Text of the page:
We’re into week 10 of the Covid-tracker and we’ve talked a lot about student behaviour, plans and problems. But all students are not created equal.
The lockdown has thrown inequalities into sharp relief, and heightened existing issues around job security, financial stability and housing to name just a few - but how is this affecting students? Has their family income had an impact on their experience of the crisis, too? Here’s what we learnt this week.
The vast majority (77%) of students from low-income families told us that their household income level had negatively affected their stress levels during lockdown, while 70% said it had negatively affected their anxiety. Just 30% and 25% respectively of students from higher-income backgrounds felt the same.
More worryingly, half of students from lower-income families said they thought their background had negatively impacted on their education during the crisis. Meanwhile, only a third of higher-income students thought this was the case.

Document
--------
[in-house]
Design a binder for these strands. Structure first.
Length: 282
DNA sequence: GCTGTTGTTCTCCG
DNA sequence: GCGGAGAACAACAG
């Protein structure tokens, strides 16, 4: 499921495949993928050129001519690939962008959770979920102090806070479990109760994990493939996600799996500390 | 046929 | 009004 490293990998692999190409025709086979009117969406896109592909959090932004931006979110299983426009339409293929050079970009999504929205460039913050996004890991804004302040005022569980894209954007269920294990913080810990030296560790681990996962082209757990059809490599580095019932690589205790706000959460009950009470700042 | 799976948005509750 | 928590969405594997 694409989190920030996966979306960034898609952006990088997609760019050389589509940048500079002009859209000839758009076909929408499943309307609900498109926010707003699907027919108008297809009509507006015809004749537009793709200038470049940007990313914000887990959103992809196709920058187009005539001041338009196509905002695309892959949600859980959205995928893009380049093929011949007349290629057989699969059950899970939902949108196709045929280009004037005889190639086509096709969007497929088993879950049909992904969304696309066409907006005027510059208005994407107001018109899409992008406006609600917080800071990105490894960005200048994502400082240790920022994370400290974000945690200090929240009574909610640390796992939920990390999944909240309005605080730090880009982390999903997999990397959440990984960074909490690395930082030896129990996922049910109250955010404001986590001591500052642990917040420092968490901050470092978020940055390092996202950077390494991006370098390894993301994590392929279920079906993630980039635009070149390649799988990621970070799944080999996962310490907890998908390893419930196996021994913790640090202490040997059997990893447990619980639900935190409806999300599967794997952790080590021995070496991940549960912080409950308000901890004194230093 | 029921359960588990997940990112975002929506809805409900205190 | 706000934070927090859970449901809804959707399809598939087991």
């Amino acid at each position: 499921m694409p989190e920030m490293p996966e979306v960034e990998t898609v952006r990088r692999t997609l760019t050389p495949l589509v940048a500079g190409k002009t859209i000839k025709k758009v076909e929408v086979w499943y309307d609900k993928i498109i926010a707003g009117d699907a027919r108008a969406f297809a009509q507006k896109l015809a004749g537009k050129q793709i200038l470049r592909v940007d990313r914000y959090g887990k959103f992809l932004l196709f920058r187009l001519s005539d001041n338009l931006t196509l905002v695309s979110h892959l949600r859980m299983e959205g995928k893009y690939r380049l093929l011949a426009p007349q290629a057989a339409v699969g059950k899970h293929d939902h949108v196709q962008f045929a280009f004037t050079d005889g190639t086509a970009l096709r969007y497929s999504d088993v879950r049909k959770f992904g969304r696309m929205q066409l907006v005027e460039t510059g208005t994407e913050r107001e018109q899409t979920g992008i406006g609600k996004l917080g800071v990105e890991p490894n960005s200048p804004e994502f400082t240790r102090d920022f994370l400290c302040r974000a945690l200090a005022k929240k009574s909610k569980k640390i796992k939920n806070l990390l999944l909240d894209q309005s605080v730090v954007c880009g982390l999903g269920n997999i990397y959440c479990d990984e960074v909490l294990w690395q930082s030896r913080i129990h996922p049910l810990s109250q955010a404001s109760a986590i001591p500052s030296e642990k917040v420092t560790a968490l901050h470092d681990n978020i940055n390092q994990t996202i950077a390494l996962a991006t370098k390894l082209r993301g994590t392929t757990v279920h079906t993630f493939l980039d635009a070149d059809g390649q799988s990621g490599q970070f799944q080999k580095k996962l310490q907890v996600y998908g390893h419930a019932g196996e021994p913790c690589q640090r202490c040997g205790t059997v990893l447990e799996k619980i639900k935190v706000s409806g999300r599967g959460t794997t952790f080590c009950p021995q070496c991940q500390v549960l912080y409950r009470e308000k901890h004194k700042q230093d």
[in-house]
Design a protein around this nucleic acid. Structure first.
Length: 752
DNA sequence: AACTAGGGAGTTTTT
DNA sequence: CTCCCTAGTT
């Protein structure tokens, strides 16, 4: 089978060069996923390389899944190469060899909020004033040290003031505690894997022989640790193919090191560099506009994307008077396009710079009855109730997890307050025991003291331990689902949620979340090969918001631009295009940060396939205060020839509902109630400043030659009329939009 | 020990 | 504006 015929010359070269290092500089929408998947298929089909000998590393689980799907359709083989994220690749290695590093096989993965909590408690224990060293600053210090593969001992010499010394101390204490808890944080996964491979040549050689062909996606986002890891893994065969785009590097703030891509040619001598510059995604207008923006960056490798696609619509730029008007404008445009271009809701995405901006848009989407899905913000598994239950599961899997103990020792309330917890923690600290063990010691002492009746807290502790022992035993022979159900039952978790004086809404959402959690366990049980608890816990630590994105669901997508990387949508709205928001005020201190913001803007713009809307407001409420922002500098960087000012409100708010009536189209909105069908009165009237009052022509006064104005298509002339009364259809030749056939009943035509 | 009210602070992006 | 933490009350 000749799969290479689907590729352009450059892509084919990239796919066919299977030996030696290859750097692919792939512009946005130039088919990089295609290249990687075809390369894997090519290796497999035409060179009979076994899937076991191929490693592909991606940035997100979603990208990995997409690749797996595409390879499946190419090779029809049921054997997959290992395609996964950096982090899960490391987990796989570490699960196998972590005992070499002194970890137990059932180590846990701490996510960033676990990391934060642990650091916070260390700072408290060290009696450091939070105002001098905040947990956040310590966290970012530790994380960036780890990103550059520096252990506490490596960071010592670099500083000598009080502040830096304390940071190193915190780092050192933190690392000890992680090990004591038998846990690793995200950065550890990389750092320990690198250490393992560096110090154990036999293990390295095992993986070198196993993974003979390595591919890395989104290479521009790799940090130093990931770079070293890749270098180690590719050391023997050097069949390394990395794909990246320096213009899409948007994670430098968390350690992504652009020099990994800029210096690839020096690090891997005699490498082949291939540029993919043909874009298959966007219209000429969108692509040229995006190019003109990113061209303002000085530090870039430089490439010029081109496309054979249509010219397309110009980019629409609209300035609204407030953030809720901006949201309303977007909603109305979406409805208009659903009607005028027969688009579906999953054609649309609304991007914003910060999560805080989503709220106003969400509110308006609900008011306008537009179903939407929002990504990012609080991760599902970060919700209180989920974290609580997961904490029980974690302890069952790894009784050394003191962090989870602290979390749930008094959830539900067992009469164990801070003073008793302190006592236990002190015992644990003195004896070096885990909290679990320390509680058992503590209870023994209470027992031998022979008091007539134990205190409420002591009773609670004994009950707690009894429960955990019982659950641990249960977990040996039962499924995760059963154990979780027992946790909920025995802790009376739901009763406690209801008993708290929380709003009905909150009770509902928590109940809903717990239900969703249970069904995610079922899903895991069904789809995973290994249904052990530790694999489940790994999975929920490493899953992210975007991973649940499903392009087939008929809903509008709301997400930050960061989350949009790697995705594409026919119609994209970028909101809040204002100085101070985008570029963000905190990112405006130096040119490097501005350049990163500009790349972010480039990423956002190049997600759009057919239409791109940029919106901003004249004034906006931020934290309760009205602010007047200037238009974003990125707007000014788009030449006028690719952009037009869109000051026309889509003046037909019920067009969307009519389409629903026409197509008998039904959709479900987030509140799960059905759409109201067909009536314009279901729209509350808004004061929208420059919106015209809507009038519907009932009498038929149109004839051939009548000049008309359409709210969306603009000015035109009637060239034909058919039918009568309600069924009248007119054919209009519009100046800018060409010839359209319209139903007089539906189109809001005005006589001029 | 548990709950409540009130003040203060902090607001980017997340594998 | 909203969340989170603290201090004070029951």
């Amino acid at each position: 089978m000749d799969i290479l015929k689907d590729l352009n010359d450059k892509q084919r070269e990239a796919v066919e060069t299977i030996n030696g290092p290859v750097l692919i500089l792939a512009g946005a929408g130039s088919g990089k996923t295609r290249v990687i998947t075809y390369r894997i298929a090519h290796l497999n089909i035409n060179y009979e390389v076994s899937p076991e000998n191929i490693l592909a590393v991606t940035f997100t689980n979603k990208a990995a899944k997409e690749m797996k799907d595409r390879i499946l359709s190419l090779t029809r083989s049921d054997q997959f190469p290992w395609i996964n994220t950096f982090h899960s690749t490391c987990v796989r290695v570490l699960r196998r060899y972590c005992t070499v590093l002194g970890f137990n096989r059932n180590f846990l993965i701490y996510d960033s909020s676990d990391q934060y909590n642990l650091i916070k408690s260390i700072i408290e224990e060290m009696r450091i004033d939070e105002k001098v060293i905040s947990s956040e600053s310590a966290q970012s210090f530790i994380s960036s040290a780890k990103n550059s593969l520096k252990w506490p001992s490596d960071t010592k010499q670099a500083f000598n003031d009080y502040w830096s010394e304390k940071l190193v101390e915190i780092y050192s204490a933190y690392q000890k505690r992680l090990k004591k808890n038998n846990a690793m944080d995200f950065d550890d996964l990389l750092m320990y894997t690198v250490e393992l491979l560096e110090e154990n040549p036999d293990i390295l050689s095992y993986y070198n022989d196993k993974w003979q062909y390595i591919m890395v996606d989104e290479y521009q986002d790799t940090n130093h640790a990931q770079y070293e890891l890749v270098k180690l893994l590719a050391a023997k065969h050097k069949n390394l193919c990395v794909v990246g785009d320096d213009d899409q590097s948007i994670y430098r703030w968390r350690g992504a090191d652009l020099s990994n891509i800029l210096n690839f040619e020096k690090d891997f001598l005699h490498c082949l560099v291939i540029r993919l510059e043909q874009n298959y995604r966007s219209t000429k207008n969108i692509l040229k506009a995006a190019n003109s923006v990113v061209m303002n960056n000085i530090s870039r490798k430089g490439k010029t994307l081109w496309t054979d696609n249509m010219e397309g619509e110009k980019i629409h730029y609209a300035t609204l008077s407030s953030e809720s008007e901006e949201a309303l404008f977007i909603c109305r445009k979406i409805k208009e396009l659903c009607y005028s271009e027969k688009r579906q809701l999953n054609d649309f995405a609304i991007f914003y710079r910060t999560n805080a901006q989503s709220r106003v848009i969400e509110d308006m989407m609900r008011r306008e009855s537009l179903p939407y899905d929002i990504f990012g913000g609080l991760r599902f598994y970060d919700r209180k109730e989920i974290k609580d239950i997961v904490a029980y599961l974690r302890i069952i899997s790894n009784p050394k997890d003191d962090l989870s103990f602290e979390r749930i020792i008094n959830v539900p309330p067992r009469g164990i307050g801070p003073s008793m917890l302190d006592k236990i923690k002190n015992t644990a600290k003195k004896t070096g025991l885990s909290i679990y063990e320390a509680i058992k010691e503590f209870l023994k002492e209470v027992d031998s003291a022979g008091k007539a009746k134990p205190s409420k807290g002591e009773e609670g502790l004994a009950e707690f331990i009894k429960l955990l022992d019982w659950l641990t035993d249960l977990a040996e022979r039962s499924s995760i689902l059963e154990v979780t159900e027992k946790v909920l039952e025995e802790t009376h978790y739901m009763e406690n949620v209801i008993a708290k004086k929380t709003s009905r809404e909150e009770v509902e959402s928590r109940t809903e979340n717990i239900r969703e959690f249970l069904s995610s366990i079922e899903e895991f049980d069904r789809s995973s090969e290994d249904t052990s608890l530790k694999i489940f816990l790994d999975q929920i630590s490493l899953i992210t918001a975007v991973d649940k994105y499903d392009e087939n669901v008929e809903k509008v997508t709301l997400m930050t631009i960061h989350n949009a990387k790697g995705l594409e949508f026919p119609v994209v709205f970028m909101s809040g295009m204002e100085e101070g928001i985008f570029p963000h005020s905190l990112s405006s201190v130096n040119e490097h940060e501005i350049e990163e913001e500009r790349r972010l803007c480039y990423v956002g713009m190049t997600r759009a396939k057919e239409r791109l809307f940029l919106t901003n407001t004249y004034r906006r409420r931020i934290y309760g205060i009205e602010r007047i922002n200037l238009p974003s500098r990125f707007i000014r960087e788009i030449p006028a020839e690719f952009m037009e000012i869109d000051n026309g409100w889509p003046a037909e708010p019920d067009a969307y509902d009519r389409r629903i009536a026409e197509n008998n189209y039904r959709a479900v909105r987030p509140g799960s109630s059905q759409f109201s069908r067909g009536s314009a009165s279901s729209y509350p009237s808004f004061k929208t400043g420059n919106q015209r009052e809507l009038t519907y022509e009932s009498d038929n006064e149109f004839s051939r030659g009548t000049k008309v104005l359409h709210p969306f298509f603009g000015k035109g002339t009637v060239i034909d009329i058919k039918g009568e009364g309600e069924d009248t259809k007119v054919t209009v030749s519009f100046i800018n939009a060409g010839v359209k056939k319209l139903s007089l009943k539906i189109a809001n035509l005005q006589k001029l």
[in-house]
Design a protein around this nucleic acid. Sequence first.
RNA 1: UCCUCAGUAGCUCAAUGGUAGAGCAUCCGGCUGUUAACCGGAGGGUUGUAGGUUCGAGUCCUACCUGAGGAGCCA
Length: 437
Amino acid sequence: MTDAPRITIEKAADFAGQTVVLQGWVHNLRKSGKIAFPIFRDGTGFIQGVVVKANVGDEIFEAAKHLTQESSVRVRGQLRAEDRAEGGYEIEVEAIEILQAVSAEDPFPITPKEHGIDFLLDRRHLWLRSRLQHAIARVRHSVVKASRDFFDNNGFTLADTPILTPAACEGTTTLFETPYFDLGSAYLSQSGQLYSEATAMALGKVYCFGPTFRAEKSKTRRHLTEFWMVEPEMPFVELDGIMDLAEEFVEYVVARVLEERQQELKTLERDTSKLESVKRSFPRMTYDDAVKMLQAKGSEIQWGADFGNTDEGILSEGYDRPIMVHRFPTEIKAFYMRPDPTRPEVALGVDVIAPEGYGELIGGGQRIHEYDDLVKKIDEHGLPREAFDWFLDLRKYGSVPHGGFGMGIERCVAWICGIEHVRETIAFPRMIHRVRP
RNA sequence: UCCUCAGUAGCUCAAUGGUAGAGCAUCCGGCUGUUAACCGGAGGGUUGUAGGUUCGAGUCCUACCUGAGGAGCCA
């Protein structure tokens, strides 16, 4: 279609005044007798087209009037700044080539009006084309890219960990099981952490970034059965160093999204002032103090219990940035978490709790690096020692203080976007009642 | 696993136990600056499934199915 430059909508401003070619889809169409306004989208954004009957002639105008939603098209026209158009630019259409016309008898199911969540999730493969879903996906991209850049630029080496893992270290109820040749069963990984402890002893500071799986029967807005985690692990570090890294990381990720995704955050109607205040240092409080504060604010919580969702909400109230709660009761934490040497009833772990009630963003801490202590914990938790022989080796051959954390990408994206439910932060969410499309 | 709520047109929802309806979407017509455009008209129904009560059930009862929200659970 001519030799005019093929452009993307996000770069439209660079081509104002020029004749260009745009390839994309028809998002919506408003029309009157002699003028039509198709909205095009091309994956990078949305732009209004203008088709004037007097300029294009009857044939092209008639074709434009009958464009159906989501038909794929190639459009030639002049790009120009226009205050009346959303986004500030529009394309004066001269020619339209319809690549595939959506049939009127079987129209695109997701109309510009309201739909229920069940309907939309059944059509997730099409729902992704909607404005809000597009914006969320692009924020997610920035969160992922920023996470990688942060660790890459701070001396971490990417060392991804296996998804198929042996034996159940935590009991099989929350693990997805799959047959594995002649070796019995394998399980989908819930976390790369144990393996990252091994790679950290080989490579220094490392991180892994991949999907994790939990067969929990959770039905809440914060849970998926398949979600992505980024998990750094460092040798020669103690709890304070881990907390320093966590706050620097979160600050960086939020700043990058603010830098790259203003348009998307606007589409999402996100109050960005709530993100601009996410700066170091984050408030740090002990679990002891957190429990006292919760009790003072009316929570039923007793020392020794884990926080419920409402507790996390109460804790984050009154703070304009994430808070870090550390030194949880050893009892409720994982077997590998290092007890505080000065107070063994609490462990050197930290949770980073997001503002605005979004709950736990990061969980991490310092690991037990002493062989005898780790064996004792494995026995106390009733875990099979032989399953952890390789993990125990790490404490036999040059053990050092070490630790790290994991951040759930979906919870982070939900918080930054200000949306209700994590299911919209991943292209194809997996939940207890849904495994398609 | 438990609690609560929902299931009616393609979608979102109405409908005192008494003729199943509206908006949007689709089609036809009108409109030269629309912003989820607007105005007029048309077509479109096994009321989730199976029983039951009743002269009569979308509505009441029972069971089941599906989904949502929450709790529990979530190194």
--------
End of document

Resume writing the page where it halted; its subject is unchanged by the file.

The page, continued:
So what can we learn from this? We know it sounds simplistic, but despite what we’ve may have been implying over the past 10 weeks, students aren’t one homogenous group with one answer for everything. Now is the time to start segmenting your audience and tailoring your messages to your students who are all having very different experiences of lockdown. On the one side, superfast wifi, their own study space and cups of tea on tap. On the other, financial worries, working from the sofa and uncertainty about the future.
And we’re not just talking about prospective students. This week, we also found out that an unbelievable one in five existing undergraduates are considering deferring next year. So, make sure you’re reaching out to your existing students as well, providing useful content and support, and engaging with them through your online communities, to ensure they still want to come back when this is all over.
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